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Game Sound: An Introduction to the History, Theory, and Practice of Video Game Music and Sound Design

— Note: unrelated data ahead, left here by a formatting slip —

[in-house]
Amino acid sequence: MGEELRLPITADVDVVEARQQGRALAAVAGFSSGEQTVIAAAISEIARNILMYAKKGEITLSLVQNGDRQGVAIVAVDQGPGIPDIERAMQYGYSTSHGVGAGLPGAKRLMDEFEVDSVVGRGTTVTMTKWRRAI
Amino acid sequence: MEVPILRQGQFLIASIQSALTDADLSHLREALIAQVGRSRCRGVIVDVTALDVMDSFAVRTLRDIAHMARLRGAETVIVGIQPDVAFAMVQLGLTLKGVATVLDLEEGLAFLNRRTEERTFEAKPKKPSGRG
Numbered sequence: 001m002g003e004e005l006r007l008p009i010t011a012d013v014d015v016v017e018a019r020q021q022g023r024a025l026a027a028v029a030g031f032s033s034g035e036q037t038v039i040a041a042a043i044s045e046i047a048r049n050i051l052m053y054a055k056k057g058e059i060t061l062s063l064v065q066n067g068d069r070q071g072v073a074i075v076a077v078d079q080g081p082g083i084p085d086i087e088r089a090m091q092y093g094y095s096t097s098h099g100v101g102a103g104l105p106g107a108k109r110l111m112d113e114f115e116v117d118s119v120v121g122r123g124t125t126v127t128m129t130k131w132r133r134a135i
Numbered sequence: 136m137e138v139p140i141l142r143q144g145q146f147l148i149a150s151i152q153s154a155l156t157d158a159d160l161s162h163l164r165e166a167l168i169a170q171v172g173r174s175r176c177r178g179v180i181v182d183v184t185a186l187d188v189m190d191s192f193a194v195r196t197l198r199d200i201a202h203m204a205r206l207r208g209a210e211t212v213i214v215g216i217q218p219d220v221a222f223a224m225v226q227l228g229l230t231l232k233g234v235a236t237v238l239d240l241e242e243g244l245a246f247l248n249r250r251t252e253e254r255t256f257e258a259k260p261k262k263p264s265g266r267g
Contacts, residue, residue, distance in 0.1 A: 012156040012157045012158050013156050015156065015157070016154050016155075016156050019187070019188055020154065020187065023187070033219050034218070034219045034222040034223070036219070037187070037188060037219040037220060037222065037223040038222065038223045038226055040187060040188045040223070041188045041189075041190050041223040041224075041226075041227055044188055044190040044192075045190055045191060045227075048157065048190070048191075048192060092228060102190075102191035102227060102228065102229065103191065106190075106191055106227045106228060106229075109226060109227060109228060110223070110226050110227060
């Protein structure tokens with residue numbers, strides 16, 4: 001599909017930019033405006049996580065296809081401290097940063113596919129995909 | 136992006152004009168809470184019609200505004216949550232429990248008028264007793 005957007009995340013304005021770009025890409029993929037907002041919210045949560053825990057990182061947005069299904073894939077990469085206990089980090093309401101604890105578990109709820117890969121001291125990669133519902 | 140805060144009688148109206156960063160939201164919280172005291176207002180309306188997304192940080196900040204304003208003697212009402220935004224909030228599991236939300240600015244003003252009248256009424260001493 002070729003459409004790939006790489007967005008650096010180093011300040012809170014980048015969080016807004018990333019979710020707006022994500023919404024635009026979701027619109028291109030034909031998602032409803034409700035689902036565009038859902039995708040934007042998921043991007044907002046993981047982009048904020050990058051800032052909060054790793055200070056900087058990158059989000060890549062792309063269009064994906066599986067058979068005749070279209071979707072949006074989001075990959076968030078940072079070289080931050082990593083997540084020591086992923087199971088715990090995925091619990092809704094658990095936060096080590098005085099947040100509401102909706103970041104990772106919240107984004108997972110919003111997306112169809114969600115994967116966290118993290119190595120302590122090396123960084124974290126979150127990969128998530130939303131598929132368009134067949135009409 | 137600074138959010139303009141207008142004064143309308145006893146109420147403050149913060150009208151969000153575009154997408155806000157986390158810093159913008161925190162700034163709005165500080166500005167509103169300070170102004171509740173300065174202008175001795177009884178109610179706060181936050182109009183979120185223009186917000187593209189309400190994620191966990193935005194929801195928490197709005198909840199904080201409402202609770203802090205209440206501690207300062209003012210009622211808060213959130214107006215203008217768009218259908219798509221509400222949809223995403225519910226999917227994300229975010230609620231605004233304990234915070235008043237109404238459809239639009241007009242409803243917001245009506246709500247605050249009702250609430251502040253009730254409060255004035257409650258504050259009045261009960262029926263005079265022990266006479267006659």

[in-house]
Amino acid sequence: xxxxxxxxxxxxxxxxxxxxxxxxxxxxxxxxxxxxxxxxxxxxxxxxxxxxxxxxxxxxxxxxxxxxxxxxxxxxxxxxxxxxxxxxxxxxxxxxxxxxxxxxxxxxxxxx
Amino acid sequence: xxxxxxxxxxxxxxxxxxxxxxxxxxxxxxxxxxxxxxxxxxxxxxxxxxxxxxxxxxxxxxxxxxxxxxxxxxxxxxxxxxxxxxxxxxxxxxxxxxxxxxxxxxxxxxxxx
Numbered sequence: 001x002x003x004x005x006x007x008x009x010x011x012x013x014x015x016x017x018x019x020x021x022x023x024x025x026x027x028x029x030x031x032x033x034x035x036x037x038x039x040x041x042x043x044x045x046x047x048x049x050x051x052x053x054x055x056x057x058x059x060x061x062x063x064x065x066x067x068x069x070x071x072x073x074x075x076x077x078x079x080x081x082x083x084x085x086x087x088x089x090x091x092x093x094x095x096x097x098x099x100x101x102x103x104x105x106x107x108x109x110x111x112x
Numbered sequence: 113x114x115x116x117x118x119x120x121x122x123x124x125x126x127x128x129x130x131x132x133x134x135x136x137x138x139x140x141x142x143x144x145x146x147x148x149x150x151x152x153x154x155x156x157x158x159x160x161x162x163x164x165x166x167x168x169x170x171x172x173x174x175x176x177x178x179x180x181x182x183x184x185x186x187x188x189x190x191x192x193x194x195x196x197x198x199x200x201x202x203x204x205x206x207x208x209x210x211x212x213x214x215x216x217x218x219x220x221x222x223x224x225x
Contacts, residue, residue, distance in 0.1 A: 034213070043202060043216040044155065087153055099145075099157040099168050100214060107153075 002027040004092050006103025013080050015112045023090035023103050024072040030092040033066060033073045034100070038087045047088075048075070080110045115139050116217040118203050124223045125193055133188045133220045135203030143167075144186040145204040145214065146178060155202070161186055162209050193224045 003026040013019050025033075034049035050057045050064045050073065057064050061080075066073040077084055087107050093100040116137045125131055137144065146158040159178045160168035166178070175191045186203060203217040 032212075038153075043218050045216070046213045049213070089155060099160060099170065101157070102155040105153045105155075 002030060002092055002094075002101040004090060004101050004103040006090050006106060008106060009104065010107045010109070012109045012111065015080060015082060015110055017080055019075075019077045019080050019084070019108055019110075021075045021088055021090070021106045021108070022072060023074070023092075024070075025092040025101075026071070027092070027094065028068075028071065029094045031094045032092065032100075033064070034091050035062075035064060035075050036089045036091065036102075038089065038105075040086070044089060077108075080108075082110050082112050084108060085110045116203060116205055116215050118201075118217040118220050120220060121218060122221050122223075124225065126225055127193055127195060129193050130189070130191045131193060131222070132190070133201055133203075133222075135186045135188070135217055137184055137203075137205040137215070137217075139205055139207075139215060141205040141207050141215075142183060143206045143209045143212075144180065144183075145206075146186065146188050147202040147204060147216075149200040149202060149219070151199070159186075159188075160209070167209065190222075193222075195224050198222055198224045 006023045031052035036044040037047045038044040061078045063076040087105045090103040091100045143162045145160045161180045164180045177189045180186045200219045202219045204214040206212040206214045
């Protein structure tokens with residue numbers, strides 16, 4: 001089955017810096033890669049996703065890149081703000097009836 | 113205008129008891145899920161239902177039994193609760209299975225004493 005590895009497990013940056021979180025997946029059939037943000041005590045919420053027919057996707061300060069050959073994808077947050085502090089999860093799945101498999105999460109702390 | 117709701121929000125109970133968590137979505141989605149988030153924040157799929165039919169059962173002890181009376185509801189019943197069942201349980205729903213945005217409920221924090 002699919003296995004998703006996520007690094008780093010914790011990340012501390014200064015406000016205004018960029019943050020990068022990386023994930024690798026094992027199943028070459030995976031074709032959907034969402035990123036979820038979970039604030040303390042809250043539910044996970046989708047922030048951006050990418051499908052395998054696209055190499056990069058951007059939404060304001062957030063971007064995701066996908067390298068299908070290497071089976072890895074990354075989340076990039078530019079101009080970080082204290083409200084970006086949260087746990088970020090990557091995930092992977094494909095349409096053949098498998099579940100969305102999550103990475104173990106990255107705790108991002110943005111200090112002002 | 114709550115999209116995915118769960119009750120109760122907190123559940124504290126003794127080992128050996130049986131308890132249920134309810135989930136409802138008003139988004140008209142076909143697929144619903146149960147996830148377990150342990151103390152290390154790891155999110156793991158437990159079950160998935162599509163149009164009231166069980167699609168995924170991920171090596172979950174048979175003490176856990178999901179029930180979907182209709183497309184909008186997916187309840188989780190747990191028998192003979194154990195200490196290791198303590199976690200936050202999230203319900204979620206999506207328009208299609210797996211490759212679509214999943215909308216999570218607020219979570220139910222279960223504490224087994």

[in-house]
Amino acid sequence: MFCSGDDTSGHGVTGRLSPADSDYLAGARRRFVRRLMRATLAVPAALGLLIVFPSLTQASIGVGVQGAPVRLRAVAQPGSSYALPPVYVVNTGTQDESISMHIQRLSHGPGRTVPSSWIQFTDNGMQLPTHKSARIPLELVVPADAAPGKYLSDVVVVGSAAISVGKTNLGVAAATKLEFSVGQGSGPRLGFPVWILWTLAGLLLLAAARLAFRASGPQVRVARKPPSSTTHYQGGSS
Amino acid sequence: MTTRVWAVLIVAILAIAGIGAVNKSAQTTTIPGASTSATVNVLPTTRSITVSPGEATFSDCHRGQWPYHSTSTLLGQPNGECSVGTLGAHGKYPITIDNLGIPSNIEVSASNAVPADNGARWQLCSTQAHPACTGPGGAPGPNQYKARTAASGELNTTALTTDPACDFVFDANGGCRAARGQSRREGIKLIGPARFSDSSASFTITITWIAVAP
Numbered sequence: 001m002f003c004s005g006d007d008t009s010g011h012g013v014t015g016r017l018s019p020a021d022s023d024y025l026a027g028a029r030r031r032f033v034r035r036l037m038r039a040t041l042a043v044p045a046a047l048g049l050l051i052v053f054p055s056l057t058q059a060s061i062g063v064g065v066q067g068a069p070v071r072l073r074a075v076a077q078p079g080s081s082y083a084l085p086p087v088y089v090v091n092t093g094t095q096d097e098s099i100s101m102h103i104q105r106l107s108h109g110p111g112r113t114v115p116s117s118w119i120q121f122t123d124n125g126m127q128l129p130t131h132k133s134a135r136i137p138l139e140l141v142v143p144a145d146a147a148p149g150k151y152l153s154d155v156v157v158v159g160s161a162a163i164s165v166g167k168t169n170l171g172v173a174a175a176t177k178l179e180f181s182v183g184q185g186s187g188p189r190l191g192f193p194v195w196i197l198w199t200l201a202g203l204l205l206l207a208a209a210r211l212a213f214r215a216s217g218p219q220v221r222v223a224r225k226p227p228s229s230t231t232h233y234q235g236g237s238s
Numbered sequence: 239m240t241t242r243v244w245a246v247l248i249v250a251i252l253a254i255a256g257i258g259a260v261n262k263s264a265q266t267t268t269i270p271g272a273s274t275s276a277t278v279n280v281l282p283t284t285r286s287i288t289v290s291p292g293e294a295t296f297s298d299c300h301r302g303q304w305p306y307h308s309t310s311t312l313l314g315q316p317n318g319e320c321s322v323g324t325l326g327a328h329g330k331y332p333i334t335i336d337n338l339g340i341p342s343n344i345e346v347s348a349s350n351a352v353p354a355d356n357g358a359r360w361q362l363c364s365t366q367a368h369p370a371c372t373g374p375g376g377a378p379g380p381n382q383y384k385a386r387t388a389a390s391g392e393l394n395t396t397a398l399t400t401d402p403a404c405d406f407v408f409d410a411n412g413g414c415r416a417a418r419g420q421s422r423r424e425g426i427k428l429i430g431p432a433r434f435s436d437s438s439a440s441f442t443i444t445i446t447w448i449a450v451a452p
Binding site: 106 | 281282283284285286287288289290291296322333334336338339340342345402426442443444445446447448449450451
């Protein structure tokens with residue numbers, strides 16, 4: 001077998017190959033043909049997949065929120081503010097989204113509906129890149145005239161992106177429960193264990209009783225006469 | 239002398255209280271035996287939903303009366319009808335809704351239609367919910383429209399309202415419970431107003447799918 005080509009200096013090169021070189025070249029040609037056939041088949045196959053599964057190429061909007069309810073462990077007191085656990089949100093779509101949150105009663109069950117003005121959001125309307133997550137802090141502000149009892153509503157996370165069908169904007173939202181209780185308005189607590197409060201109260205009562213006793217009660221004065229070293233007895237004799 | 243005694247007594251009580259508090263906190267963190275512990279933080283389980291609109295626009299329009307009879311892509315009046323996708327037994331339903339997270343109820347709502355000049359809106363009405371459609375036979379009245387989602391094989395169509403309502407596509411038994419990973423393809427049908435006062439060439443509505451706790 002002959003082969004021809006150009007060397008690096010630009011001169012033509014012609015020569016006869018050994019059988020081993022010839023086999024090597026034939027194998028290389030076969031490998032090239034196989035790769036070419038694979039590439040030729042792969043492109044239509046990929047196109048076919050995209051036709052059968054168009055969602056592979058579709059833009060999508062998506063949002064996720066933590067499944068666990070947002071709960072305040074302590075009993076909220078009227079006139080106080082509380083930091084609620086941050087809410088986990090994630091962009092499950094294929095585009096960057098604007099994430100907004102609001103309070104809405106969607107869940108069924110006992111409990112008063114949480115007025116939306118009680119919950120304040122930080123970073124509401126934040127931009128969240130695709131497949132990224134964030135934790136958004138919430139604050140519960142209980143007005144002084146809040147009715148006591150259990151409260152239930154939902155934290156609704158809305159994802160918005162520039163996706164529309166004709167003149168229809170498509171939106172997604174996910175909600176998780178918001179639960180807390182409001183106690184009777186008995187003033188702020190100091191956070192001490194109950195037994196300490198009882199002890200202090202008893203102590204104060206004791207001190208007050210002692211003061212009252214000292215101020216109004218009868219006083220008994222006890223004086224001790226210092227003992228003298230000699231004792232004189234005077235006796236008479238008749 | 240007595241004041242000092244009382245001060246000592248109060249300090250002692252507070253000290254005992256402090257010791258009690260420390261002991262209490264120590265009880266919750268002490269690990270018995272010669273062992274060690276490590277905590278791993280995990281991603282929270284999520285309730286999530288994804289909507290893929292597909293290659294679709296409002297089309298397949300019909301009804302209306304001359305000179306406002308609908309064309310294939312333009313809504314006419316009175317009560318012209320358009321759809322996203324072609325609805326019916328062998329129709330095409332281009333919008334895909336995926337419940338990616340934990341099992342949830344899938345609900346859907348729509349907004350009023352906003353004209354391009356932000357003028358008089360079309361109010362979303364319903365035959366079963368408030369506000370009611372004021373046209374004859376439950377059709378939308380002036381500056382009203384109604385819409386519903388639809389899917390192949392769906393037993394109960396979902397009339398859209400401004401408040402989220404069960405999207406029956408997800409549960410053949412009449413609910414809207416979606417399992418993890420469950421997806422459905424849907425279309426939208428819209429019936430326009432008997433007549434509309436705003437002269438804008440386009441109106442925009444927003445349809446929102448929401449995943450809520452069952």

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An examination of the many complex aspects of game audio, from the perspectives of both sound design and music composition.A distinguishing feature of video games is their interactivity, and sound plays an important role in this: a player's actions can trigger dialogue, sound effects, ambient sound, and music. And yet game sound has been neglected in the growing literature An examination of the many complex aspects of game audio, from the perspectives of both sound design and music composition.A distinguishing feature of video games is their interactivity, and sound plays an important role in this: a player's actions can trigger dialogue, sound effects, ambient sound, and music. And yet game sound has been neglected in the growing literature on game studies. This book fills that gap, introducing readers to the many complex aspects of game audio, from its development in early games to theoretical discussions of immersion and realism. In Game Sound, Karen Collins draws on a range of sources--including composers, sound designers, voice-over actors and other industry professionals, Internet articles, fan sites, industry conferences, magazines, patent documents, and, of course, the games themselves--to offer a broad overview of the history, theory, and production practice of video game audio. Game Sound has two underlying themes: how and why games are different from or similar to film or other linear audiovisual media; and technology and the constraints it has placed on the production of game audio. Collins focuses first on the historical development of game audio, from penny arcades through the rise of home games and the recent rapid developments in the industry. She then examines the production process for a contemporary game at a large game company, discussing the roles of composers, sound designers, voice talent, and audio programmers; considers the growing presence of licensed intellectual property (particularly popular music and films) in games; and explores the function of audio in games in theoretical terms. Finally, she discusses the difficulties posed by nonlinearity and interactivity for the composer of game music.